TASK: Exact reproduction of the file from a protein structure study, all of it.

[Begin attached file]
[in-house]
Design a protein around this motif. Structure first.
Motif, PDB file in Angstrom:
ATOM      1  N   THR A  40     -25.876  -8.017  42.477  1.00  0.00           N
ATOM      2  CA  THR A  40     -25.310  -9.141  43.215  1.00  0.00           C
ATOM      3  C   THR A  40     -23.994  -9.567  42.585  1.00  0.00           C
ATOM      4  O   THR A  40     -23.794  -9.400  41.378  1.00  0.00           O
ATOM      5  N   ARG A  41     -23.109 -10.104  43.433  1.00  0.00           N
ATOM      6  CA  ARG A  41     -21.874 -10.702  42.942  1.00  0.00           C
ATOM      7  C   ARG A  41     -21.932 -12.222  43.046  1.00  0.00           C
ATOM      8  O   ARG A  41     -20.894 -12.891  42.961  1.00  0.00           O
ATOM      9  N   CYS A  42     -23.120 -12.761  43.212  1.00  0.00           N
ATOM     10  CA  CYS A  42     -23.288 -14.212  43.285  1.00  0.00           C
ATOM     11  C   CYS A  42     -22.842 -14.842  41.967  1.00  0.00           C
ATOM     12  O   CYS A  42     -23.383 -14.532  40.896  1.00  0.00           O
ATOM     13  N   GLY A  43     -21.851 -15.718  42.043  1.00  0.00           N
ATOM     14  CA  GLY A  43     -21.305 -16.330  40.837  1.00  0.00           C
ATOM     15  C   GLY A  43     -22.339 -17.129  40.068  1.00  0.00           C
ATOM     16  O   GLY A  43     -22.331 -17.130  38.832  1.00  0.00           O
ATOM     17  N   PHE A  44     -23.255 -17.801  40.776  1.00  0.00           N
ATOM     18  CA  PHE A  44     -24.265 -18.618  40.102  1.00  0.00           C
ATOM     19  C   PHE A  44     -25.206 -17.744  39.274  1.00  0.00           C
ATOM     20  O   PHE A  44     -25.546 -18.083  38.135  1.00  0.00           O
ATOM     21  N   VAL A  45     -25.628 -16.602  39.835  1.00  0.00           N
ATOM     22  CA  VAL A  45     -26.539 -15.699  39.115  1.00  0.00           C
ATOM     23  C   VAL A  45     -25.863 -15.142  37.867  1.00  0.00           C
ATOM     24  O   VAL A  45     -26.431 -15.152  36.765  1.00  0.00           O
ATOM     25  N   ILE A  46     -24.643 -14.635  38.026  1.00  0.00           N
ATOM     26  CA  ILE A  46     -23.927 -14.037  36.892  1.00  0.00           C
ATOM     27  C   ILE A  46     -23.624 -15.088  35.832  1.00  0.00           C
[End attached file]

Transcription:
[in-house]
Design a protein around this motif. Structure first.
Motif, PDB file in Angstrom:
ATOM      1  N   THR A  40     -25.876  -8.017  42.477  1.00  0.00           N
ATOM      2  CA  THR A  40     -25.310  -9.141  43.215  1.00  0.00           C
ATOM      3  C   THR A  40     -23.994  -9.567  42.585  1.00  0.00           C
ATOM      4  O   THR A  40     -23.794  -9.400  41.378  1.00  0.00           O
ATOM      5  N   ARG A  41     -23.109 -10.104  43.433  1.00  0.00           N
ATOM      6  CA  ARG A  41     -21.874 -10.702  42.942  1.00  0.00           C
ATOM      7  C   ARG A  41     -21.932 -12.222  43.046  1.00  0.00           C
ATOM      8  O   ARG A  41     -20.894 -12.891  42.961  1.00  0.00           O
ATOM      9  N   CYS A  42     -23.120 -12.761  43.212  1.00  0.00           N
ATOM     10  CA  CYS A  42     -23.288 -14.212  43.285  1.00  0.00           C
ATOM     11  C   CYS A  42     -22.842 -14.842  41.967  1.00  0.00           C
ATOM     12  O   CYS A  42     -23.383 -14.532  40.896  1.00  0.00           O
ATOM     13  N   GLY A  43     -21.851 -15.718  42.043  1.00  0.00           N
ATOM     14  CA  GLY A  43     -21.305 -16.330  40.837  1.00  0.00           C
ATOM     15  C   GLY A  43     -22.339 -17.129  40.068  1.00  0.00           C
ATOM     16  O   GLY A  43     -22.331 -17.130  38.832  1.00  0.00           O
ATOM     17  N   PHE A  44     -23.255 -17.801  40.776  1.00  0.00           N
ATOM     18  CA  PHE A  44     -24.265 -18.618  40.102  1.00  0.00           C
ATOM     19  C   PHE A  44     -25.206 -17.744  39.274  1.00  0.00           C
ATOM     20  O   PHE A  44     -25.546 -18.083  38.135  1.00  0.00           O
ATOM     21  N   VAL A  45     -25.628 -16.602  39.835  1.00  0.00           N
ATOM     22  CA  VAL A  45     -26.539 -15.699  39.115  1.00  0.00           C
ATOM     23  C   VAL A  45     -25.863 -15.142  37.867  1.00  0.00           C
ATOM     24  O   VAL A  45     -26.431 -15.152  36.765  1.00  0.00           O
ATOM     25  N   ILE A  46     -24.643 -14.635  38.026  1.00  0.00           N
ATOM     26  CA  ILE A  46     -23.927 -14.037  36.892  1.00  0.00           C
ATOM     27  C   ILE A  46     -23.624 -15.088  35.832  1.00  0.00           C